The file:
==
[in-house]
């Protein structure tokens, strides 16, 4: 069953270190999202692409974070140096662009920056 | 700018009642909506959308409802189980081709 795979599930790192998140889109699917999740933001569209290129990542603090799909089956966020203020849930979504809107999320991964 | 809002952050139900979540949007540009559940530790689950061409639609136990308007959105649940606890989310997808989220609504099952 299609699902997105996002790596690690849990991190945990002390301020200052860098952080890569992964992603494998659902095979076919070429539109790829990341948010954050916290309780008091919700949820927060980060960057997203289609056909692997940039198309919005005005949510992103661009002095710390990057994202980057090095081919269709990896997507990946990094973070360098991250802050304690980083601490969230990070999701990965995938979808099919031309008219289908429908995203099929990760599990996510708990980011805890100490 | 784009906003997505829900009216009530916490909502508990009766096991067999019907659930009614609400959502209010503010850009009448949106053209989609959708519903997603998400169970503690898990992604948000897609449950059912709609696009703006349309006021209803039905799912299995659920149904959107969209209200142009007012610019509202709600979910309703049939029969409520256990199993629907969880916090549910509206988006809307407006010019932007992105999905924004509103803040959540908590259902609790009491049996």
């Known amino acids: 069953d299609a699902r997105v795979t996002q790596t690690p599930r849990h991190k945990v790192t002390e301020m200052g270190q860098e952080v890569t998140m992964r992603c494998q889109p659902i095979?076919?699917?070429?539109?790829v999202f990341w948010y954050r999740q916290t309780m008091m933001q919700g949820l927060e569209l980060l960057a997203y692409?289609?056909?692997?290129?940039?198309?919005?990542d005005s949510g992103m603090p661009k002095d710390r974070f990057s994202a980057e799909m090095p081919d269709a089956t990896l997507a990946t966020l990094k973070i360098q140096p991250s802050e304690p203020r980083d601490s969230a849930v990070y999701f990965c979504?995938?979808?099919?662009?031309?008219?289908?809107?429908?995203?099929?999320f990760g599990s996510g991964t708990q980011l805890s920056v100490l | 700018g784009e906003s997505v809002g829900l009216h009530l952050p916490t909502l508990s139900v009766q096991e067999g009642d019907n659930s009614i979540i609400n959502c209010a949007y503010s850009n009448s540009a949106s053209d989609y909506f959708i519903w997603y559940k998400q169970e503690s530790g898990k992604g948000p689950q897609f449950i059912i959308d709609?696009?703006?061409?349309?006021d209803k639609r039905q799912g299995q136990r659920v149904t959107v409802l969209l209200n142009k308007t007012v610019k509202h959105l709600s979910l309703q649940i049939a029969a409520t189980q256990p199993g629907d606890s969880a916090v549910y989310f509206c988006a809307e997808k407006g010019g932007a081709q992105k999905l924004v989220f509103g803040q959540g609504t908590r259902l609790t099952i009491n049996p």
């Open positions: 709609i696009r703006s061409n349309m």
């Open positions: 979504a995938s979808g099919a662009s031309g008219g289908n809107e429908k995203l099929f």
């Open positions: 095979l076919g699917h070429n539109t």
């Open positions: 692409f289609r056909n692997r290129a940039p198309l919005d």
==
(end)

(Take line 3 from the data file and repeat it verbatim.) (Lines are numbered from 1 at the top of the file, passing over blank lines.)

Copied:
């Known amino acids: 069953d299609a699902r997105v795979t996002q790596t690690p599930r849990h991190k945990v790192t002390e301020m200052g270190q860098e952080v890569t998140m992964r992603c494998q889109p659902i095979?076919?699917?070429?539109?790829v999202f990341w948010y954050r999740q916290t309780m008091m933001q919700g949820l927060e569209l980060l960057a997203y692409?289609?056909?692997?290129?940039?198309?919005?990542d005005s949510g992103m603090p661009k002095d710390r974070f990057s994202a980057e799909m090095p081919d269709a089956t990896l997507a990946t966020l990094k973070i360098q140096p991250s802050e304690p203020r980083d601490s969230a849930v990070y999701f990965c979504?995938?979808?099919?662009?031309?008219?289908?809107?429908?995203?099929?999320f990760g599990s996510g991964t708990q980011l805890s920056v100490l | 700018g784009e906003s997505v809002g829900l009216h009530l952050p916490t909502l508990s139900v009766q096991e067999g009642d019907n659930s009614i979540i609400n959502c209010a949007y503010s850009n009448s540009a949106s053209d989609y909506f959708i519903w997603y559940k998400q169970e503690s530790g898990k992604g948000p689950q897609f449950i059912i959308d709609?696009?703006?061409?349309?006021d209803k639609r039905q799912g299995q136990r659920v149904t959107v409802l969209l209200n142009k308007t007012v610019k509202h959105l709600s979910l309703q649940i049939a029969a409520t189980q256990p199993g629907d606890s969880a916090v549910y989310f509206c988006a809307e997808k407006g010019g932007a081709q992105k999905l924004v989220f509103g803040q959540g609504t908590r259902l609790t099952i009491n049996p």